By Ruma Paul
DHAKA (Reuters) - Two fugitive owners of a Bangladesh garment factory turned themselves in on Sunday to face homicide charges for the deaths of 112 workers in the country's worst factory fire, a prosecutor said.
The owners of Tazreen Fashions, Delwar Hossain and his wife Mahmuda Akter, and were sent to jail after being refused bail. They were among six fugitives wanted in connection with the November 24, 2012, fire n the outskirts of the capital, Dhaka.
Many of those who died in the multi-storey building perished because supervisors ordered workers back to their stations even as an alarm rang and smoke rose through an internal staircase.
A state prosecutor, Anwarul Kabir, said the couple had pleaded for bail after surrendering.
"The court sent them to jail after rejecting their bail petition," Kabir said.
Witnesses said several hundred people gathered at the court and chanted for the pair to be given the death penalty. If convicted, they could face life in prison.
In all, 13 people were charged in connection with the disaster, a rare step in a country where critics complain that powerful garment industry bosses often go unpunished for factory accidents.
The charges included breaching construction rules, such as the failure to provide two emergency exits.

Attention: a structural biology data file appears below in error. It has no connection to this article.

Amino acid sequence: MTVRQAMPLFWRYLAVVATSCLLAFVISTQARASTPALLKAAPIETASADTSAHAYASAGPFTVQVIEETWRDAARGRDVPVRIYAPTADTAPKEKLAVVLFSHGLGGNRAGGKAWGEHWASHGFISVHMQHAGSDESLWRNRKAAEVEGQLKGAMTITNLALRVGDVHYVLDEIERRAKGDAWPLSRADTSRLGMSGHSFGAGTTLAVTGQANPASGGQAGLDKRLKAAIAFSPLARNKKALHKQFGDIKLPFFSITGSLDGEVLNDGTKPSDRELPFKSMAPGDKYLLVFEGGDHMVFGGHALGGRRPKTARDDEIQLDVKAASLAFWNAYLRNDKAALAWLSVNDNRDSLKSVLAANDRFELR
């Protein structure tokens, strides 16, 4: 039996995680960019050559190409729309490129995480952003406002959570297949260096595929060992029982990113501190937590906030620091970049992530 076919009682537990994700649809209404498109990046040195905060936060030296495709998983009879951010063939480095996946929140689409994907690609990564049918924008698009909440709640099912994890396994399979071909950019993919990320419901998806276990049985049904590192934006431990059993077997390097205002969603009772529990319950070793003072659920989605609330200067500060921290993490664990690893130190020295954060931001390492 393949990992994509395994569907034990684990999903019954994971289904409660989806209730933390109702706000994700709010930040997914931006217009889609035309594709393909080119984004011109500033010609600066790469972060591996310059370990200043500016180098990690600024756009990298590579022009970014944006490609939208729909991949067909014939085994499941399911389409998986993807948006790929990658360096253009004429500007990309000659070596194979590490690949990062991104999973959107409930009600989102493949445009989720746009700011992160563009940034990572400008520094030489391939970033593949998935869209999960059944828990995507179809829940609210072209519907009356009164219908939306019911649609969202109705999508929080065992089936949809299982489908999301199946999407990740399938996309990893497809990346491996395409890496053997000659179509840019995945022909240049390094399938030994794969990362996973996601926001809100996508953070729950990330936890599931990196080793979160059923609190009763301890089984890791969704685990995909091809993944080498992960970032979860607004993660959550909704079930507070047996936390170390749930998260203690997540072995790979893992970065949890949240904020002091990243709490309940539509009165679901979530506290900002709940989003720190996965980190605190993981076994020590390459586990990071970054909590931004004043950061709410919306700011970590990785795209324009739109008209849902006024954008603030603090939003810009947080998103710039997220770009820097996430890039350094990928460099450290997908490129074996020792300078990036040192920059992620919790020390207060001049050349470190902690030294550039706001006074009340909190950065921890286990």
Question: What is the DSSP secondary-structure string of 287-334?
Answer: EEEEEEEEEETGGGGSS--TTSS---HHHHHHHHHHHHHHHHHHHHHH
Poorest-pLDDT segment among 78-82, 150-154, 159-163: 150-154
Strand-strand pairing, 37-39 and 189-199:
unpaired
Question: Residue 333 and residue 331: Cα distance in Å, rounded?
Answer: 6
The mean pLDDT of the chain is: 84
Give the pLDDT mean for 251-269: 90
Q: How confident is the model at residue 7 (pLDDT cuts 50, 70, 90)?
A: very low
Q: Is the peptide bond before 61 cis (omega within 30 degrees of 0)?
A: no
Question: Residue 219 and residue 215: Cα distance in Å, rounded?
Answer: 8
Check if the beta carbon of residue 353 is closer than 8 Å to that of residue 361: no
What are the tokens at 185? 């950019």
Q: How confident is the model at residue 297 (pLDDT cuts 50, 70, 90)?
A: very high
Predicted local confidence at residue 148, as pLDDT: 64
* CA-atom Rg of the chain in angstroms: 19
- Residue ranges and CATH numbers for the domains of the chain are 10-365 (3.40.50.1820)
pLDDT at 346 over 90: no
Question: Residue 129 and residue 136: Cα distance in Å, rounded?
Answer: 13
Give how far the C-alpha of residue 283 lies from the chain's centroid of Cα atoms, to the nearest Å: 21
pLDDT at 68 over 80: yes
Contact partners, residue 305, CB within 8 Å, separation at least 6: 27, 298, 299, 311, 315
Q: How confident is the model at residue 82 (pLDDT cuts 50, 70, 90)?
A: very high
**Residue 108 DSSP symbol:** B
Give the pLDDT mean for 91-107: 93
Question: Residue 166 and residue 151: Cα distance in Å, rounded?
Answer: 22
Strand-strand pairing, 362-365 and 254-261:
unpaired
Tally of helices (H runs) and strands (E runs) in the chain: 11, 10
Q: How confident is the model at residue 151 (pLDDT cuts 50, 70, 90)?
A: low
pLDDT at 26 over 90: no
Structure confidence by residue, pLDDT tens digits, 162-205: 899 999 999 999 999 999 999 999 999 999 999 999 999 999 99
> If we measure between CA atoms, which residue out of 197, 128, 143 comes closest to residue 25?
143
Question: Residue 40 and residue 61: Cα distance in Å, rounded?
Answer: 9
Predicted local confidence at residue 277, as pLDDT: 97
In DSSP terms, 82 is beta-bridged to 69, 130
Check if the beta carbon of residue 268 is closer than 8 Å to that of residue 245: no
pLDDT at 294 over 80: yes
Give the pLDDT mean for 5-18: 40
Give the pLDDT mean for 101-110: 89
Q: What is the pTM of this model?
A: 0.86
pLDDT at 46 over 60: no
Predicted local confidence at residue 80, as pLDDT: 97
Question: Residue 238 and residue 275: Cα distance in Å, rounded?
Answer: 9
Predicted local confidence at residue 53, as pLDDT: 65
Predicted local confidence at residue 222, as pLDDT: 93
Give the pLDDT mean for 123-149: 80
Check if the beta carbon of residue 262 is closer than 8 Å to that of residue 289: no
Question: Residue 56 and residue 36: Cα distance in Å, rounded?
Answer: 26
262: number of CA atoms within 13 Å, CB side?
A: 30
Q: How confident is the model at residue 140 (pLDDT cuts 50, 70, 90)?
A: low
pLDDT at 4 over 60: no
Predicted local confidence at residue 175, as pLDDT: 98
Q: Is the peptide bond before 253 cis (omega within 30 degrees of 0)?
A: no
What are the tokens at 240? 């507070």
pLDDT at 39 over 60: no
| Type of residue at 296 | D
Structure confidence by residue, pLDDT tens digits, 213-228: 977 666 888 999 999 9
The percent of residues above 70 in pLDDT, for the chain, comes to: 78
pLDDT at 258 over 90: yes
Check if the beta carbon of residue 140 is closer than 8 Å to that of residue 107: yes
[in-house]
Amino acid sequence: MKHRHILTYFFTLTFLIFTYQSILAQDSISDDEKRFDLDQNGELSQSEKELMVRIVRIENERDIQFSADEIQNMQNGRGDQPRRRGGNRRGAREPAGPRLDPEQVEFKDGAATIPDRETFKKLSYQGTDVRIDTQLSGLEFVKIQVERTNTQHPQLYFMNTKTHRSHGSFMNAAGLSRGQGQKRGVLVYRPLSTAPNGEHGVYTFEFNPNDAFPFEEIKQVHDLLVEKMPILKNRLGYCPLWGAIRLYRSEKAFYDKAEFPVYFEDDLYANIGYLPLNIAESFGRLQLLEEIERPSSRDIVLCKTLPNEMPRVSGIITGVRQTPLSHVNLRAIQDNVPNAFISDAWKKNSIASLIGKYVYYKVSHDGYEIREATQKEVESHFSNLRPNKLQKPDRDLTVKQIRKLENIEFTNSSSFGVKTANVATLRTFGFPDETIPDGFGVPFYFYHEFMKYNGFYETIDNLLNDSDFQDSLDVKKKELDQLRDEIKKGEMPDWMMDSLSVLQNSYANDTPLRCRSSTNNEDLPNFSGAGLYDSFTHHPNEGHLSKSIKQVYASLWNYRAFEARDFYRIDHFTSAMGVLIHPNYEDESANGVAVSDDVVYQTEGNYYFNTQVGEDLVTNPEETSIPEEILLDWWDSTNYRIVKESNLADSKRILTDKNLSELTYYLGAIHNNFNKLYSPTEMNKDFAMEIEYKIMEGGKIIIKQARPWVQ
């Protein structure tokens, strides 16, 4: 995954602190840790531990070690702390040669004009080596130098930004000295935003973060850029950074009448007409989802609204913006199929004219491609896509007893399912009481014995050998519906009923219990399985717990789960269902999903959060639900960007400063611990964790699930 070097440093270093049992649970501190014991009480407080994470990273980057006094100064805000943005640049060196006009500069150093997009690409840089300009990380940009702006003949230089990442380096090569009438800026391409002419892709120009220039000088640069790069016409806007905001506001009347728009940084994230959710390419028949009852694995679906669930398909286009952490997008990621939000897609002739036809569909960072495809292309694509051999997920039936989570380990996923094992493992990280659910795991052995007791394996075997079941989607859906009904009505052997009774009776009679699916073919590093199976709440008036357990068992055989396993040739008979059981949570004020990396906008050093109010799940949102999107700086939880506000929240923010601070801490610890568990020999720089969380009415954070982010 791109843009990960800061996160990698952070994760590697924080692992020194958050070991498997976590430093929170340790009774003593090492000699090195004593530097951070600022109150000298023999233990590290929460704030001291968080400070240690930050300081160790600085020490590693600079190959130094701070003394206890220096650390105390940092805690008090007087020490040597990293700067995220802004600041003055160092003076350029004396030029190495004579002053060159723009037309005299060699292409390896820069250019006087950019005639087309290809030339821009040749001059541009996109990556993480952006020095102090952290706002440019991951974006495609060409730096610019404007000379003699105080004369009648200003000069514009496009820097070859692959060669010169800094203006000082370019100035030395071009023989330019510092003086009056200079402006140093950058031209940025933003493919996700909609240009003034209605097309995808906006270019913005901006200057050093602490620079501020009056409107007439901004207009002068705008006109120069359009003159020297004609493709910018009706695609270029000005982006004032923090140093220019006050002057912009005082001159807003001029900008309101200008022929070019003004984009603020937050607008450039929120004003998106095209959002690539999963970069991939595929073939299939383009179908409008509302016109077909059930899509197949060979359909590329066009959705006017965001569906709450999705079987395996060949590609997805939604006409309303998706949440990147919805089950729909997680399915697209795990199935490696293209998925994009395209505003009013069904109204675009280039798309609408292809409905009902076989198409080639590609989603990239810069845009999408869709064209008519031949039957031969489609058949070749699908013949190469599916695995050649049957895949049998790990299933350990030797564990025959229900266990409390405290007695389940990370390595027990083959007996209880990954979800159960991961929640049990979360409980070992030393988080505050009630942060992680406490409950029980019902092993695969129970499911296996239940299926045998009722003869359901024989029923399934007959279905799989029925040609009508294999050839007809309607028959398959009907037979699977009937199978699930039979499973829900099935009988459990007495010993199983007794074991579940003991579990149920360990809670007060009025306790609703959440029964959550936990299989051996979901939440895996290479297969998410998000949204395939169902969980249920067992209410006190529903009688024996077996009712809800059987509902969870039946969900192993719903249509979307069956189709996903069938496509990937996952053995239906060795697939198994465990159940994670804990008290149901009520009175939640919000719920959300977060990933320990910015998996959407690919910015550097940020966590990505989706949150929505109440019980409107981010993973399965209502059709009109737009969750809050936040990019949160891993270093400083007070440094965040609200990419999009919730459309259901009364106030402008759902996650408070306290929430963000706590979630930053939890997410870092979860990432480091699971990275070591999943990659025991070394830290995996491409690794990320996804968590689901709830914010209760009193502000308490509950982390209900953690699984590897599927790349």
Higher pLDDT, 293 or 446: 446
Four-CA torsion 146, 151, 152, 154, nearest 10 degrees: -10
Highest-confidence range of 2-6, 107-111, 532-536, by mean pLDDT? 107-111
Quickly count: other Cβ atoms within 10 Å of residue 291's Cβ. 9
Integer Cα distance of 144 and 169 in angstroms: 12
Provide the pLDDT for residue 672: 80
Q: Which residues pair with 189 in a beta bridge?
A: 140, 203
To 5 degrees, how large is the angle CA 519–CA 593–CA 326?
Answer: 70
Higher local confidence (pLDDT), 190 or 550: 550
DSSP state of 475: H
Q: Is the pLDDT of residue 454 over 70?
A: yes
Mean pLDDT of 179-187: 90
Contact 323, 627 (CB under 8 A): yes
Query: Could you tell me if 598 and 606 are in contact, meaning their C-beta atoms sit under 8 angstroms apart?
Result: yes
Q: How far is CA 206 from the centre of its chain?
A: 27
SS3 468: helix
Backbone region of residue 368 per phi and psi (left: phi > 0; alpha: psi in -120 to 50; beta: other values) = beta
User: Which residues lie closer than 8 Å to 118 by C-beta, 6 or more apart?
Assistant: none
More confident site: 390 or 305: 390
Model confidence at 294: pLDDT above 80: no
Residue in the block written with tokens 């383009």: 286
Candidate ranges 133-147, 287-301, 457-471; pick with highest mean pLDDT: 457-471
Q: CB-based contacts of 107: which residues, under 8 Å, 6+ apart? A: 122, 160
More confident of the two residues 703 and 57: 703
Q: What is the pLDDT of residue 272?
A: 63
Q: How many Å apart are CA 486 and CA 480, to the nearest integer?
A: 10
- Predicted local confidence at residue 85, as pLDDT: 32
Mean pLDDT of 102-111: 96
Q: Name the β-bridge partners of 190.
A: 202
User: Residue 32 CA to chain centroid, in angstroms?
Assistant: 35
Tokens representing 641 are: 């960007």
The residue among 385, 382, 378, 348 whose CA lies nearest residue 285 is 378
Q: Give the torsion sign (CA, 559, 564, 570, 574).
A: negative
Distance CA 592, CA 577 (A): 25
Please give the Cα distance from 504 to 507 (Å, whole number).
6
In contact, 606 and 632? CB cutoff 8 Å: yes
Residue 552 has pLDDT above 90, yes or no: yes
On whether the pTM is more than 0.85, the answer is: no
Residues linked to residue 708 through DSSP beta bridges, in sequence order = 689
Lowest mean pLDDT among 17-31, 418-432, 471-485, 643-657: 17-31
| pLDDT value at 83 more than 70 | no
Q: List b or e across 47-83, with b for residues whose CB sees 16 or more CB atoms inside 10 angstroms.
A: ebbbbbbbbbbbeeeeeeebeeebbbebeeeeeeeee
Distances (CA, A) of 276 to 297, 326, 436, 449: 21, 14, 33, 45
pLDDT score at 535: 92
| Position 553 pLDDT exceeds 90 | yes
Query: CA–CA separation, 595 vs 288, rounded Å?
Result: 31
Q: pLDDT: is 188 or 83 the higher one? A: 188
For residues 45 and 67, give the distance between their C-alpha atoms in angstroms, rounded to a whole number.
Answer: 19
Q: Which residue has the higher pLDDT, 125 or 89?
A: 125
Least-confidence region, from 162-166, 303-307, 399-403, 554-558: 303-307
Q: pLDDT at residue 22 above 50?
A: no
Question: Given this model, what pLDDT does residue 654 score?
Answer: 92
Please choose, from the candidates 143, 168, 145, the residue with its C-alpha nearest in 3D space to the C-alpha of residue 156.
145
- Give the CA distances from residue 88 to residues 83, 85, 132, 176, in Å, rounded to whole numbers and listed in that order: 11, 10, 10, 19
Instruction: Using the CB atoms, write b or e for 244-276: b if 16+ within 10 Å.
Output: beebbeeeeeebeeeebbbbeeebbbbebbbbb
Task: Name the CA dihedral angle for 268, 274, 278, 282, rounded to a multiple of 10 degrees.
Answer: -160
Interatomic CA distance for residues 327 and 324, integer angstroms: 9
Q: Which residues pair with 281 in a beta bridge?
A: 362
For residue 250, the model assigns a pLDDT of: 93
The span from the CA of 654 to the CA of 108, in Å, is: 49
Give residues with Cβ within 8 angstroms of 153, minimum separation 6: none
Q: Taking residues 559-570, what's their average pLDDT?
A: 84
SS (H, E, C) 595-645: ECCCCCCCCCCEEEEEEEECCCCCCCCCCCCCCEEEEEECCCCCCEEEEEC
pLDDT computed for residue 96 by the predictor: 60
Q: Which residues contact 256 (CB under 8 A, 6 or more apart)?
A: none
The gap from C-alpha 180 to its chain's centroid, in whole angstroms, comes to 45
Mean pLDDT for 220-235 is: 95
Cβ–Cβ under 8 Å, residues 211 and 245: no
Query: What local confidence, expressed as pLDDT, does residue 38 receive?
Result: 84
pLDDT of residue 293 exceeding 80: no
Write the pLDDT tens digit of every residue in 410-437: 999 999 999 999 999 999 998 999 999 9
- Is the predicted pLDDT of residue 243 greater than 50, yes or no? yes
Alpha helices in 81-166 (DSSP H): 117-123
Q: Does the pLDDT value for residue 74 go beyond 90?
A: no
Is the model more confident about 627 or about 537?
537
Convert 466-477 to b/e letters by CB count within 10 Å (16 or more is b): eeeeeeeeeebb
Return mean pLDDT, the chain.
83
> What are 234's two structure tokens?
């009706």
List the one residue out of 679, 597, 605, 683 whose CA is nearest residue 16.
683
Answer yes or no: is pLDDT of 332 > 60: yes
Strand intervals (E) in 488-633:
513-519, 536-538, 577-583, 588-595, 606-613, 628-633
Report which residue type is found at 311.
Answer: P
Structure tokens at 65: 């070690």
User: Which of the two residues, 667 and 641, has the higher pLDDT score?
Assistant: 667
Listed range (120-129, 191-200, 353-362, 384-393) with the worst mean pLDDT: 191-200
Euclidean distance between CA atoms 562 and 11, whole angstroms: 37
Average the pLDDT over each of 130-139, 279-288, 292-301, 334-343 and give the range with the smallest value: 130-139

Bangladesh, the world's second-largest apparel exporter after China, in December raised wages for garment workers and allowed workers to form trade unions in July after a string of factory accidents thrust poor pay and conditions into the international spotlight.
The $22 billion export industry, which supplies many Western brands, came under scrutiny when a building housing factories collapsed in April, five months after the Tazreen fire, killing more than 1,130 people.
The owner of that building that collapsed, Mohammed Sohel Rana, was arrested after a four-day hunt as he appeared to be trying to flee across the border to India.
After the Tazreen blaze, both Wal-Mart Stores inc WMT.N and Sears Holdings Inc said that goods were being manufactured for them at the factory though both had denied it authorization as a supplier.
(Editing by Robert Birsel)